Modi and his surrogates include journalists/talk-show hosts, popular spiritual leaders, corporate leaders and even Bollywood celebrities who continue to praise Modi's agenda. This has built the larger-than-the-life persona where Modi is seen as the party and the chief cheerleader for more than a billion people. People vote his party for him, mostly ignoring the actual candidates. He receives a rock-star welcome in the most unlikely places while visiting foreign countries. Thousands thronged Madison Square Garden and Central Park in NYC to Wembley Stadium in London and Allphones Arena in Sydney as he brought NRIs in the same fold as the millions of voters back home soon after he won the election in 2014. And most recently in Houston at the “Howdy Modi" rally which attracted a 50,000 strong crowd. He uses his charisma and the humble beginning of his life to embrace the masses.

International Relations:

Both leaders have a nationalistic agenda which is commonly termed as right-wing policies. Trump's rhetoric about “America First" has alienated the USA from the world scene. With tariffs and foreign aid as a negotiating tool, US has shared barbed wire with India on limiting H-1 visa and a hardline against skill-based immigration. Not solely because of his posturing, but also by creating fault-lines with allies like Germany, Korea and France. International relationships that took generations to build are now on a shaky ground. Modi, on the other hand, continues to make strategic whirlwind tours across the continents ever since he became the Prime Minister. He garnered support from his counterparts from Asian and European countries. Modi has been touting greater good ( Vasudhaiv kutumb kum – the whole world is a family) and eco-friendly policies as a platform rather than only pursuing self-interest. He has leveraged his power of negotiations and diplomacy to further development. Modi does not shy from calling Putin, Trump, Netanyahu or Xi Ping a close friend within days apart. Trump takes pride in him with the art-of-dealing and his negotiation skills as his forte but he is yet to yield any meaningful agreements with any country. He is seen as a global bully in pushing his own mantra, by supporting more right-wing leaders in Europe and elsewhere, rather than propagating conventional democratic values.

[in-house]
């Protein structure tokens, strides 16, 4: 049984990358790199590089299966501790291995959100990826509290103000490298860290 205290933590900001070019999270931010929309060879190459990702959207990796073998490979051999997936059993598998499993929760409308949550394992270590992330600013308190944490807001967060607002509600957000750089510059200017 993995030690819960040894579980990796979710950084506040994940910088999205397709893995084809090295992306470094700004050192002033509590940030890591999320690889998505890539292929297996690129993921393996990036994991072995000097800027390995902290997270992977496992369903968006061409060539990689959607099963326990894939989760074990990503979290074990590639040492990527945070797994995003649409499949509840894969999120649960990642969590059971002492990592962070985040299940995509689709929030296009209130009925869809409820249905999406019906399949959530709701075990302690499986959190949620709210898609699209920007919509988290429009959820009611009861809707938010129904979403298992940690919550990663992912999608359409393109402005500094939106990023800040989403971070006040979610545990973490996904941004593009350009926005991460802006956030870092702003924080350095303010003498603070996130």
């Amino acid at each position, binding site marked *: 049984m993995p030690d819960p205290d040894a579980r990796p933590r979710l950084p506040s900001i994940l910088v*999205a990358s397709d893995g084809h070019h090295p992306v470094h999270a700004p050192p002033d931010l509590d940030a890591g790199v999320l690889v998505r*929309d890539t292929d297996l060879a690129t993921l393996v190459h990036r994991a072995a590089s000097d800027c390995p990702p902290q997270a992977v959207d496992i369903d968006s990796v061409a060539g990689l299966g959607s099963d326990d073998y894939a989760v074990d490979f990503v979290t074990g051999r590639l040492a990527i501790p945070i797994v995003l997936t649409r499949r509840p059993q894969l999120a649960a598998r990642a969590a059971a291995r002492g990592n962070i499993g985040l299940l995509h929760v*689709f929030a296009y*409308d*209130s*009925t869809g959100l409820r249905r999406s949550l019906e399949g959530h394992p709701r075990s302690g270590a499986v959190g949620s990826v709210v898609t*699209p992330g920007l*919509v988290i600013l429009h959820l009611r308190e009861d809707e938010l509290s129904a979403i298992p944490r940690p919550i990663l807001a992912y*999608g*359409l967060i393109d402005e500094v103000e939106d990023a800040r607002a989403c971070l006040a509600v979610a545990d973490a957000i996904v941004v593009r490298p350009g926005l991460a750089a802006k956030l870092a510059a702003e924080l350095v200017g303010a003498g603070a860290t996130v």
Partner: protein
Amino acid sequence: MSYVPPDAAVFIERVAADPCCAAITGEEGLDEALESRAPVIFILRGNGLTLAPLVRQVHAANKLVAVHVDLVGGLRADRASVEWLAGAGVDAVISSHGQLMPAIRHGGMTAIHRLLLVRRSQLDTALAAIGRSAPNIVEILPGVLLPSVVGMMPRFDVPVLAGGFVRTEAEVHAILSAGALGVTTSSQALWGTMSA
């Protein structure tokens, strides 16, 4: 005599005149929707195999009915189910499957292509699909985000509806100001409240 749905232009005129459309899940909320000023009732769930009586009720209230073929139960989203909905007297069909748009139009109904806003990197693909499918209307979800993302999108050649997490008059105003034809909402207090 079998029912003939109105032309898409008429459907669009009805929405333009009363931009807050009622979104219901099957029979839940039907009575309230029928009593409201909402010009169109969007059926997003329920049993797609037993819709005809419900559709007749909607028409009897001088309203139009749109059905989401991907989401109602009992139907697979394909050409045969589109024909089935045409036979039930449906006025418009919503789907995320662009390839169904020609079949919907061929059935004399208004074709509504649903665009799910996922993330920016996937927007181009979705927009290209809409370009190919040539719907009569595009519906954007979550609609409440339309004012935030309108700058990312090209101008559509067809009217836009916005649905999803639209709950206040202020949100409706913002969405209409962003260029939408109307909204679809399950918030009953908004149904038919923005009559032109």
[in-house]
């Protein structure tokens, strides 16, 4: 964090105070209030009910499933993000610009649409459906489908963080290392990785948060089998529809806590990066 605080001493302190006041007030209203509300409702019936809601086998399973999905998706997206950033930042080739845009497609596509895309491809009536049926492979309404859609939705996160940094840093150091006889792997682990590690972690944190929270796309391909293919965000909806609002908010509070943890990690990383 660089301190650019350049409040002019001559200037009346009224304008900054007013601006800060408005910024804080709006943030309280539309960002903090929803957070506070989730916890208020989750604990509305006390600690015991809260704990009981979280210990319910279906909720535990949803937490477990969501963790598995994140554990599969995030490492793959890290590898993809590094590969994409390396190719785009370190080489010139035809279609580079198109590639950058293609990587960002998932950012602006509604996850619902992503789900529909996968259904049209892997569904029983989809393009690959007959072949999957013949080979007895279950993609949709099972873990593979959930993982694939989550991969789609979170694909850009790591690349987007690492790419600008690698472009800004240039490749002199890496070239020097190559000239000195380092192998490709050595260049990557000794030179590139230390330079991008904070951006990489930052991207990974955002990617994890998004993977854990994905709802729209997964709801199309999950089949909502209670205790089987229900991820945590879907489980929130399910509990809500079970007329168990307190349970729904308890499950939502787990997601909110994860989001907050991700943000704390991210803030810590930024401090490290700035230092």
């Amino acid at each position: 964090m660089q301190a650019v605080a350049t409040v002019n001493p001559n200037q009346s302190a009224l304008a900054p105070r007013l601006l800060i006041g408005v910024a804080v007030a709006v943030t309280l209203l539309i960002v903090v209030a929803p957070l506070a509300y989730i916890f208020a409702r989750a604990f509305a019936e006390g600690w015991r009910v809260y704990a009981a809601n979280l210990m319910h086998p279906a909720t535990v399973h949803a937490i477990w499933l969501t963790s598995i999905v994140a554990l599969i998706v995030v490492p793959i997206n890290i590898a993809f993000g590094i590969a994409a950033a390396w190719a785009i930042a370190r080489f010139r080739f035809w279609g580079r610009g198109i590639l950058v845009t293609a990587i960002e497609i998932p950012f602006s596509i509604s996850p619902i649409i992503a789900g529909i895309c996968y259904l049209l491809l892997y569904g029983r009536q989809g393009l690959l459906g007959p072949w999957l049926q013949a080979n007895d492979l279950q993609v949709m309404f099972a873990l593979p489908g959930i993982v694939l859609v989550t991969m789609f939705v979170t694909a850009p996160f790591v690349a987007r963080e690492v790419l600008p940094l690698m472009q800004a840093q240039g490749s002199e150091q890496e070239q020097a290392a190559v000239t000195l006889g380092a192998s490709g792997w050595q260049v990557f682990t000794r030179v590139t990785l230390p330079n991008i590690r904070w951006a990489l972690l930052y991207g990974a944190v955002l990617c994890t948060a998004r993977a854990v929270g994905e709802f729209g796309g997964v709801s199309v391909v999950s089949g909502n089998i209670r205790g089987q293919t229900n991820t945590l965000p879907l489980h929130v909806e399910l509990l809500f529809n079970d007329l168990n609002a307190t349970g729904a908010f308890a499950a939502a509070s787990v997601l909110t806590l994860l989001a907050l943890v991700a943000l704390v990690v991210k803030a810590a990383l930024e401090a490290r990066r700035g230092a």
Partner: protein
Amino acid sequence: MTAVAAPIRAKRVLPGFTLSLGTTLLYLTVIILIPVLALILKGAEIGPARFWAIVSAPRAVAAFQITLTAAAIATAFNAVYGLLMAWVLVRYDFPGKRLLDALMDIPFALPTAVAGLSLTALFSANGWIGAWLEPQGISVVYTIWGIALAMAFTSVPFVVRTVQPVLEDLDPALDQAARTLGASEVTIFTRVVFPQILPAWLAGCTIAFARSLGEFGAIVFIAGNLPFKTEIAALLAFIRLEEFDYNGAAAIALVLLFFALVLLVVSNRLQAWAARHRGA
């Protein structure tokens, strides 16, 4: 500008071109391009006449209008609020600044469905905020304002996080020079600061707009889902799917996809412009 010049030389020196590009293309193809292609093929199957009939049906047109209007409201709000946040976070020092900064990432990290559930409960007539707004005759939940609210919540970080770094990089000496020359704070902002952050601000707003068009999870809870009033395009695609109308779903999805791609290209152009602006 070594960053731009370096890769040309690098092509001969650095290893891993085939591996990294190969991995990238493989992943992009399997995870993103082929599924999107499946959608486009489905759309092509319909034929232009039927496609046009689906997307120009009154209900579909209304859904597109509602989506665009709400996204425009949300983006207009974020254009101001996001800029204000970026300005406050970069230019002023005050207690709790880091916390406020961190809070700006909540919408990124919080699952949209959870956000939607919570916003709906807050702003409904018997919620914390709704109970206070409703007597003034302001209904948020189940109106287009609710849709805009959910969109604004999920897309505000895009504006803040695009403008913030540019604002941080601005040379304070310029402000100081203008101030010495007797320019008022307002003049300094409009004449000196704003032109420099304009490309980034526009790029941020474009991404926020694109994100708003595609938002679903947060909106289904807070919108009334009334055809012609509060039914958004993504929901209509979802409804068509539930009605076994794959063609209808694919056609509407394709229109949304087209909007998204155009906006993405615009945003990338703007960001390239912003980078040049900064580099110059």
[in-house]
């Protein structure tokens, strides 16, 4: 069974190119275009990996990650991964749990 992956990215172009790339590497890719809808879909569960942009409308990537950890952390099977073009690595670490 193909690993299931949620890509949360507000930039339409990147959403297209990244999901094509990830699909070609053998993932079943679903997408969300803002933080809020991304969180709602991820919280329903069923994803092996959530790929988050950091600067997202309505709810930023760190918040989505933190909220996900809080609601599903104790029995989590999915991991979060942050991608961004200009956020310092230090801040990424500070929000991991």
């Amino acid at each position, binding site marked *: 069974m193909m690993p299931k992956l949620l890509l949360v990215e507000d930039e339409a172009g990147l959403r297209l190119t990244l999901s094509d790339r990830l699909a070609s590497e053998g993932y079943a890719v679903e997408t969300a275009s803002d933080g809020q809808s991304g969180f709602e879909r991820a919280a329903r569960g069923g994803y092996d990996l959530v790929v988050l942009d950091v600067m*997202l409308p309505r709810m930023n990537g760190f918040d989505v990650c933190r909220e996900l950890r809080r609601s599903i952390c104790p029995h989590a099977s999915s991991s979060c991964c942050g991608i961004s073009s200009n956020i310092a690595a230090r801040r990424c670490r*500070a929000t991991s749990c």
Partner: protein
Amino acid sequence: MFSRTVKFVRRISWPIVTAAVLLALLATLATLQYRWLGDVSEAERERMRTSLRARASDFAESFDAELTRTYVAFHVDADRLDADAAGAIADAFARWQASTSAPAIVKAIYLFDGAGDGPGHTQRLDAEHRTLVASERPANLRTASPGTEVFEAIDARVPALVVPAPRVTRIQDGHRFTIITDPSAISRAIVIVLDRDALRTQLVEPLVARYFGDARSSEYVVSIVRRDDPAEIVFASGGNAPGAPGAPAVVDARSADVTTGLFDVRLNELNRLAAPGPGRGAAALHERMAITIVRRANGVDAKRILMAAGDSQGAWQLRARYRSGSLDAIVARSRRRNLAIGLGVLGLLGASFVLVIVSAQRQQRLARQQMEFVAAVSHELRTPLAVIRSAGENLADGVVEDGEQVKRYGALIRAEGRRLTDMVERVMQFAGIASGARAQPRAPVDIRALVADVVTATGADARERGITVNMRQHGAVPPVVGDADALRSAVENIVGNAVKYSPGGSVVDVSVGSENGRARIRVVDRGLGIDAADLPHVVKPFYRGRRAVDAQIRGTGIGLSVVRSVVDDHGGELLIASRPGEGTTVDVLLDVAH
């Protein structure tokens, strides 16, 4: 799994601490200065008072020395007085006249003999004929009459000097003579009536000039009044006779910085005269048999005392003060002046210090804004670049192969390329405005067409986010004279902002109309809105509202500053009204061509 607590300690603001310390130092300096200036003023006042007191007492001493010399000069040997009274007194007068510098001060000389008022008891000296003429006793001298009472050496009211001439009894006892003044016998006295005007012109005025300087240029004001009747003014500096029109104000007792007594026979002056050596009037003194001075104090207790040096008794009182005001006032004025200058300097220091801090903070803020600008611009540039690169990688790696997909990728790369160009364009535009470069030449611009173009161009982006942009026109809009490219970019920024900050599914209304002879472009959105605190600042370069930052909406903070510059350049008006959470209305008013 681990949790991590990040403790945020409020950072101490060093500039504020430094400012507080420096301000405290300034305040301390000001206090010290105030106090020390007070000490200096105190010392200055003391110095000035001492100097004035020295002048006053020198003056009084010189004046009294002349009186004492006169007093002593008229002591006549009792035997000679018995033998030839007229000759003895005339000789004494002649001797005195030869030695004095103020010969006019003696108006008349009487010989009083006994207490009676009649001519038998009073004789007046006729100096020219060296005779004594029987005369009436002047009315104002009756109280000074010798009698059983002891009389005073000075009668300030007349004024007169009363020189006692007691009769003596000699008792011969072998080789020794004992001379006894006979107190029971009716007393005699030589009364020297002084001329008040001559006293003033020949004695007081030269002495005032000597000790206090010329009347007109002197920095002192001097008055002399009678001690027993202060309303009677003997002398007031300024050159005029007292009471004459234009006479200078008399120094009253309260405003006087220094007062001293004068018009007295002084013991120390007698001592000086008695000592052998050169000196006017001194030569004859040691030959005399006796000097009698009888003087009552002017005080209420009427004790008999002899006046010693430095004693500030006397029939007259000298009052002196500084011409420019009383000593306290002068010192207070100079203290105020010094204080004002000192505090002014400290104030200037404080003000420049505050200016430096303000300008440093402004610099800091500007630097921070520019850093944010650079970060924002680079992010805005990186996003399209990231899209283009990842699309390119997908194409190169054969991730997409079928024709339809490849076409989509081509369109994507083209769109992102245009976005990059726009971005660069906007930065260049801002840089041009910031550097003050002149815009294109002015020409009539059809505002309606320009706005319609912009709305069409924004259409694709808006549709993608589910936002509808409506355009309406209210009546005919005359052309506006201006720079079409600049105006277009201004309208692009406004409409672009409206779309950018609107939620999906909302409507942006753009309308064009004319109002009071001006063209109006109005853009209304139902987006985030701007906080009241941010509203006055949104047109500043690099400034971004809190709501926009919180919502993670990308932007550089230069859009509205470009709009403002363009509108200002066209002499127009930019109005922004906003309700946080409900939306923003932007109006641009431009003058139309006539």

The issue of Hispanic migrants in the US and Bangladeshi migrants in India also draws interesting similarities. Both leaders are pretty firm with their stance to expose the illegal status and keep them out of giving them constitutional franchise. The emboldened Modi could be seen successfully dodging external pressure as a result of the recent actions on Kashmir. Many see this as a testament of how a successful leader would build the larger support base before taking such controversial actions. Modi prepared very wisely to insulate the issue from being even discussed at the international stage. This is where two leaders concur by labeling it as an internal issue.

So, despite many similarities in how these two leaders handle their day to day affairs, the mark in history each will leave will be significantly different. The world will remember who brought in an inclusive growth while leveraging the potential strengths of the populations these leaders were elected to serve. The politics of divisiveness, ignoring the basic human values and using fear instead of progressive policies to further one's ideology, are already creating a generational divide. Trump is seen as leader of mostly non-urban old whites while Modi is seen as leader of new generation from urban and non-urban alike. These two democratic leaders will reshape how leadership in the 21st century is defined by generations to come.

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Andand Kothari is an IT professional and community volunteer. toanand@yahoo.com